There are several theories of personality. One of the best known is the psychodynamic theory that was developed by Sigmund Freud. Freud believed that personality is much like an iceberg, in that only the tip of it shows. Further, Freud theorized that one’s personality is characterized by a struggle between their primitive drives, social rules and customs, and moral codes (Nevid & Rathus, 2005). According to Freud, each individual has three psychic structures known as the id, the ego, and the superego, and that defense mechanisms like repression, projection, and denial protect the ego from anxiety (Nevid & Rathus, 2005).
Freud’s theory is controversial in that it asserts that much of one’s personality is shaped by sexual motivation and that childhood experiences or traumas largely shape one’s adult behavior. Freud theorized that everyone progresses through five stages of psychosexual development: oral, anal, phallic, latency, and genital – starting in infancy and progressing through puberty. Inadequate or deficient development during a particular stage could lead to fixation in that stage and manifest into other traits and characteristics later in life (Nevid & Rathus, 2005). Several subsequent psychodynamic theorists like Carl Jung, Alfred Adler, and Karen Horney agreed that personality is characterized by internal conflict but felt that Freud overemphasized the role of sexuality on behavior.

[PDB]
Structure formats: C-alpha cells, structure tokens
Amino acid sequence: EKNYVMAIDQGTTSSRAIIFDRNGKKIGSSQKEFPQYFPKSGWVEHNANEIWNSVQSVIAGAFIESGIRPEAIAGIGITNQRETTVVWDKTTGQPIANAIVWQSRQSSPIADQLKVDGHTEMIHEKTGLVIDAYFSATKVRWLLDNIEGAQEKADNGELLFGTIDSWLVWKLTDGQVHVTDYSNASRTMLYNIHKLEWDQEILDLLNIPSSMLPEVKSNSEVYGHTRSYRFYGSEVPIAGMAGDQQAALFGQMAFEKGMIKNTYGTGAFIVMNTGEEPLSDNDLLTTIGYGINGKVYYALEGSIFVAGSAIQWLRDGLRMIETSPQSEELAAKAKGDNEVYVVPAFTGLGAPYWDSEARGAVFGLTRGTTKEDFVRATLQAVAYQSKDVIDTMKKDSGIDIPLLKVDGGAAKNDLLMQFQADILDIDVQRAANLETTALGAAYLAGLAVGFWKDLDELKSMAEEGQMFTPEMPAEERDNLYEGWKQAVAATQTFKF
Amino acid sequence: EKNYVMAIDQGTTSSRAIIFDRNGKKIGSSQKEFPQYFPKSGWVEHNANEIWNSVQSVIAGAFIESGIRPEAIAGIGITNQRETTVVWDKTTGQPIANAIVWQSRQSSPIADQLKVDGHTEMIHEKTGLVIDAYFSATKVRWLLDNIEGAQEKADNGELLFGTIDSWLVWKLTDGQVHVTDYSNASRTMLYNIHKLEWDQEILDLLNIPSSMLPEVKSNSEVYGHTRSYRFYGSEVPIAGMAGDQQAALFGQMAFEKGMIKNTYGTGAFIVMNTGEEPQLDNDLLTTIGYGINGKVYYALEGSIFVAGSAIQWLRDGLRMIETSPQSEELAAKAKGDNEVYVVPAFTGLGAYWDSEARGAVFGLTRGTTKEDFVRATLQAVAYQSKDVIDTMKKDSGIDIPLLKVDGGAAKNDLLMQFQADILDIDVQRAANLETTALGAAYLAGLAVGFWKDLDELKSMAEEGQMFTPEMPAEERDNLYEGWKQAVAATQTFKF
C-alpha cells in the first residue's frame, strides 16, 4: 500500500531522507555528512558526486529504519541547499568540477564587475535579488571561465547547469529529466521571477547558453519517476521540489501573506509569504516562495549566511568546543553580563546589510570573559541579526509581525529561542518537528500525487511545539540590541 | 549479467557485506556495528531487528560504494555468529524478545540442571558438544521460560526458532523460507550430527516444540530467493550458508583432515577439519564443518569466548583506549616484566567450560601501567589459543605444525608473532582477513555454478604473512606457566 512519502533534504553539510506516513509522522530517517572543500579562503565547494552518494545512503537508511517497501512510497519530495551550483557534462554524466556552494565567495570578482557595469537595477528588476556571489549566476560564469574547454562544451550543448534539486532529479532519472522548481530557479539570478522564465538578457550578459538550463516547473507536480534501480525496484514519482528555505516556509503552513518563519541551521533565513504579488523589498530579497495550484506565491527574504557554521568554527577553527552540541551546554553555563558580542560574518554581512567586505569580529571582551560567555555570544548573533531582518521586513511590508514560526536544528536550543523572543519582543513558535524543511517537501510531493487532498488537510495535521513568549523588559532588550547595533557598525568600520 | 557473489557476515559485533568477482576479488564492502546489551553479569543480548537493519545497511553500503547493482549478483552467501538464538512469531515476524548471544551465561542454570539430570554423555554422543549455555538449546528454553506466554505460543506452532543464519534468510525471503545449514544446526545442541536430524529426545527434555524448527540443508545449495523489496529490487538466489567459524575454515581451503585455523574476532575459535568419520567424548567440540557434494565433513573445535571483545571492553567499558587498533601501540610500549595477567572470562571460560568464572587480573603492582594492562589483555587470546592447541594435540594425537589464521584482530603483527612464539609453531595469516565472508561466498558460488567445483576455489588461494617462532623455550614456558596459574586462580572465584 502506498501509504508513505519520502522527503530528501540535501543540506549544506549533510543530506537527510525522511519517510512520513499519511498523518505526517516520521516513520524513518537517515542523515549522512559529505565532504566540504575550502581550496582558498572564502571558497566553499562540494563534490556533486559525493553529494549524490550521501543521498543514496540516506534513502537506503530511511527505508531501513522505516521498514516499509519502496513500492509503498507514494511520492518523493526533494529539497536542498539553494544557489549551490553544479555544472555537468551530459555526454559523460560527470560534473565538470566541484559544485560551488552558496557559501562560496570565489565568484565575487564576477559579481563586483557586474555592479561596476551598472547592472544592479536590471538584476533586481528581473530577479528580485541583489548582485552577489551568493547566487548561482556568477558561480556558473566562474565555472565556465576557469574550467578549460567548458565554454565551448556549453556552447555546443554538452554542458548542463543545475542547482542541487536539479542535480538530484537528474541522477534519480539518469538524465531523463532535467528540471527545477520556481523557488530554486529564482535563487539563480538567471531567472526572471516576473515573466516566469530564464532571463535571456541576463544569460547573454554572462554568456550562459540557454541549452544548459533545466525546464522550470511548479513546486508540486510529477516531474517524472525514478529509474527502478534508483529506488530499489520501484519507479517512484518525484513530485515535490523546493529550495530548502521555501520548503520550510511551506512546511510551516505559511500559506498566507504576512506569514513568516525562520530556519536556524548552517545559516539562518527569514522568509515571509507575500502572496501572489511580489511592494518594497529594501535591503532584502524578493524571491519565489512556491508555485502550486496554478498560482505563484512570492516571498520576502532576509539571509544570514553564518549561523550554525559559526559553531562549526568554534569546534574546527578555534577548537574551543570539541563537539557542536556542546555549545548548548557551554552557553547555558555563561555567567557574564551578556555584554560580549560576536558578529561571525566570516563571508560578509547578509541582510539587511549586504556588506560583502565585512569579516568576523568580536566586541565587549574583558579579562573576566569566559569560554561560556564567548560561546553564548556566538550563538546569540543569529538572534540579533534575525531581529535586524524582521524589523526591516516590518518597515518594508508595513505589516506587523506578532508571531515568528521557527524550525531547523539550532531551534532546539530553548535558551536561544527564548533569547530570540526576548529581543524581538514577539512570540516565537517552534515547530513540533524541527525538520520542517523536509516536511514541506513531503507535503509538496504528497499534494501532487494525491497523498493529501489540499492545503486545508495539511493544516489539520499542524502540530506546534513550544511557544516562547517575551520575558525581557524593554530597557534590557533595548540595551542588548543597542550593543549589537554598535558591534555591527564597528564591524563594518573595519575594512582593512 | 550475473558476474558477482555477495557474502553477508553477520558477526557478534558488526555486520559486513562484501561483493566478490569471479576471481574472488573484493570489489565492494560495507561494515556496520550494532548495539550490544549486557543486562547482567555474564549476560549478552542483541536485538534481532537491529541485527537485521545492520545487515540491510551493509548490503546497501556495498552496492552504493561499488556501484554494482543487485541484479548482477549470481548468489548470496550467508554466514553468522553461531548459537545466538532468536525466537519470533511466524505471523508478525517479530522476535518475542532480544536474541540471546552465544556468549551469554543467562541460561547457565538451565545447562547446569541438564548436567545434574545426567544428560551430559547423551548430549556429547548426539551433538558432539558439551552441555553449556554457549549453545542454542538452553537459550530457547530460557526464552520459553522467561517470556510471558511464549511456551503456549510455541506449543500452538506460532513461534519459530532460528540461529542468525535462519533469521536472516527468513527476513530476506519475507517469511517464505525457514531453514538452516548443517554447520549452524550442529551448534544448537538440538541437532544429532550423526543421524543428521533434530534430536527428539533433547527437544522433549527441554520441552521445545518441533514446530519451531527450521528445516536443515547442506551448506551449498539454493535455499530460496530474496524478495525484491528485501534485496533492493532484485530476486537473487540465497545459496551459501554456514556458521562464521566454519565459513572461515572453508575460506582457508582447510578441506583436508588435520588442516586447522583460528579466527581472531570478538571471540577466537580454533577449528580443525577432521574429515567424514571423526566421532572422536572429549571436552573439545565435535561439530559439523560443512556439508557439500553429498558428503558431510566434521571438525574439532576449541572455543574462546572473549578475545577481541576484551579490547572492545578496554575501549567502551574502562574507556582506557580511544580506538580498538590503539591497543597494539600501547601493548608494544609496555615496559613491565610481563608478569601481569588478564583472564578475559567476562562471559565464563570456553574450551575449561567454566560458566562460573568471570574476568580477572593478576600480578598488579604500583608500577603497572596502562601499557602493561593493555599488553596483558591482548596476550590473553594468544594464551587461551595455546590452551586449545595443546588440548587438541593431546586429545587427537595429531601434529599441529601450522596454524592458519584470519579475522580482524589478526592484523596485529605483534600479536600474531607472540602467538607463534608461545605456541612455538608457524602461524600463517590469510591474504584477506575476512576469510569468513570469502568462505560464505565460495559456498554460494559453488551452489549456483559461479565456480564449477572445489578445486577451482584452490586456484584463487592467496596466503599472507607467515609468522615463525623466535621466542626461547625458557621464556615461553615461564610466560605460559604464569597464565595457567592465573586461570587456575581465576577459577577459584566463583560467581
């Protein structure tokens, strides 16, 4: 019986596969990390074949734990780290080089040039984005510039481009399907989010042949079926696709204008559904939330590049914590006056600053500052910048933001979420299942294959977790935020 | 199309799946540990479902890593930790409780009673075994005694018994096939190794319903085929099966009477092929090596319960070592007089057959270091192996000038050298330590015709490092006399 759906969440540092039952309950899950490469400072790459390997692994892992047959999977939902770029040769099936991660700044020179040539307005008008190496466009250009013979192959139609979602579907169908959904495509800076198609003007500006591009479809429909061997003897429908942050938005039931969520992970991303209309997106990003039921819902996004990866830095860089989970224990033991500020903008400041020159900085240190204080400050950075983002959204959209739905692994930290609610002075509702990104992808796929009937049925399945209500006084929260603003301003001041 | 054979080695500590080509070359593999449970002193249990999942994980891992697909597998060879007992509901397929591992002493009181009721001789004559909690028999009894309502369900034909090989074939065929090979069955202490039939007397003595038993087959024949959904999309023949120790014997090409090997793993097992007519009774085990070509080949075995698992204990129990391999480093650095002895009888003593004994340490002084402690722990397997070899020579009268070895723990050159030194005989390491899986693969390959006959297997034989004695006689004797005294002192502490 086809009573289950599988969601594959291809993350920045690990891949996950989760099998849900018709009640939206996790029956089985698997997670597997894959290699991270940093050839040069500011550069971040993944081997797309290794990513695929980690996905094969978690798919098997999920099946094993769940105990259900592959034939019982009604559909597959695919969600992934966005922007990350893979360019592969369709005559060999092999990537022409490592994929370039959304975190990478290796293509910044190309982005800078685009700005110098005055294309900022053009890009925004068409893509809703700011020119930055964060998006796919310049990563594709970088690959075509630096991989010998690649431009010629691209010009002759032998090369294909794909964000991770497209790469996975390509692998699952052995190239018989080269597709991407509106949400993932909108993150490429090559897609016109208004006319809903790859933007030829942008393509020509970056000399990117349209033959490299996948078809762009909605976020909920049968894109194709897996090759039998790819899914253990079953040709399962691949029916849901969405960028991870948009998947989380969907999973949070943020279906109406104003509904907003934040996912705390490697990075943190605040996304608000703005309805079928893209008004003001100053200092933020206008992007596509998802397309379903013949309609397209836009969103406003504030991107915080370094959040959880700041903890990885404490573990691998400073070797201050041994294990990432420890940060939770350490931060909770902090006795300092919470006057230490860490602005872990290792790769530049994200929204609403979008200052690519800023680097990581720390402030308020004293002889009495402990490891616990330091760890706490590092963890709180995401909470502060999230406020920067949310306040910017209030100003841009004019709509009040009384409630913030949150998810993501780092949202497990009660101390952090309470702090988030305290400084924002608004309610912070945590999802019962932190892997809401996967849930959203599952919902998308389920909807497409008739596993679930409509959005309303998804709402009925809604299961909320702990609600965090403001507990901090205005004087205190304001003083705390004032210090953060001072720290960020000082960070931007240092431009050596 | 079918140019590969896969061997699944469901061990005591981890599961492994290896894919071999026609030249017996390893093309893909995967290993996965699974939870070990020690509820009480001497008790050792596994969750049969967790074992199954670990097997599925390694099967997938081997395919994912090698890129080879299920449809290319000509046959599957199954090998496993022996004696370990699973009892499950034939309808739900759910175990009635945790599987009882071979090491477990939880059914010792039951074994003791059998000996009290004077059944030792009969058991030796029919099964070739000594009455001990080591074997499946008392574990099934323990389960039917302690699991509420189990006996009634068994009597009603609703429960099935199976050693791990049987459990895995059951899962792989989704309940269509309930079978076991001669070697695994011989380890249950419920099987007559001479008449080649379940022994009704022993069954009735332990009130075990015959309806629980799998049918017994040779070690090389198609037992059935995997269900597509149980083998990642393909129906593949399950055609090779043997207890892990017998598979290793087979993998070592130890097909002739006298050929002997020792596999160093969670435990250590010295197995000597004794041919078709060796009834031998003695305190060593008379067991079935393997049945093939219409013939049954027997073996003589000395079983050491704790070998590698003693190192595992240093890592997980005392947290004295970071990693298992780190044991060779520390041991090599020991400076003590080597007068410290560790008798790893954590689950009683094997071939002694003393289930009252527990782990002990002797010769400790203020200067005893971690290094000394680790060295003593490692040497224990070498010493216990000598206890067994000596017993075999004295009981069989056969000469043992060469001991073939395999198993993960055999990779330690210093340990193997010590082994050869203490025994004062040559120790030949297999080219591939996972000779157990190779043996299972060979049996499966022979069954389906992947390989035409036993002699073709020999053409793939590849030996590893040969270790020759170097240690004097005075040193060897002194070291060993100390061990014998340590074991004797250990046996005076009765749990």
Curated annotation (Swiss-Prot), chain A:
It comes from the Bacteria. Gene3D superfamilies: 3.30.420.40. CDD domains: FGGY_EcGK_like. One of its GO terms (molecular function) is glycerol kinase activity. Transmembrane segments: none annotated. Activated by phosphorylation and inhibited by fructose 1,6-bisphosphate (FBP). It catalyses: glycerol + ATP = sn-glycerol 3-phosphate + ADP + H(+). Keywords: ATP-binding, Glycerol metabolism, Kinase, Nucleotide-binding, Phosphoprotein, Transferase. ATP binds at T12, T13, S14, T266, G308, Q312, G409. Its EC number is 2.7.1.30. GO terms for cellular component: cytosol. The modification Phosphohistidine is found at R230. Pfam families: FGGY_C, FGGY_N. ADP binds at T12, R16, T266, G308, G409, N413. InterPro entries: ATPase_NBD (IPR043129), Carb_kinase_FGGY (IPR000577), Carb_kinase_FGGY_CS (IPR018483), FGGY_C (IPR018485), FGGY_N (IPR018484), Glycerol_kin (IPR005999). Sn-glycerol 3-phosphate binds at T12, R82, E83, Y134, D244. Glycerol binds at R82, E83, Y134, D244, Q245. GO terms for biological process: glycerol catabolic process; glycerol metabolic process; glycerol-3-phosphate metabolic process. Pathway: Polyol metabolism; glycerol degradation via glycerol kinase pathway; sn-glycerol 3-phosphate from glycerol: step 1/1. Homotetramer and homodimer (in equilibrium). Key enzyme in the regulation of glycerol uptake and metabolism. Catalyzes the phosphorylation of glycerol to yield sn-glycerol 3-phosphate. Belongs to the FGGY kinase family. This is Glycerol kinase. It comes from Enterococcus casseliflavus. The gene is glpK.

On the other end of the spectrum there is the humanistic theory. According to Nevid & Rathus (2005), “Humanistic psychologists focus [their] attention on the meaning of life… [and believe] that people are capable of free choice, self-fulfillment, and ethical behavior.” Humanists theorize that one’s personality is shaped by the choices they make. Whereas the psychodynamic theorists assert that one’s personality is shaped by internal conflicts.
One humanistic theorist, Abraham Maslow, developed the ‘hierarchy of needs’ and believed that only after we...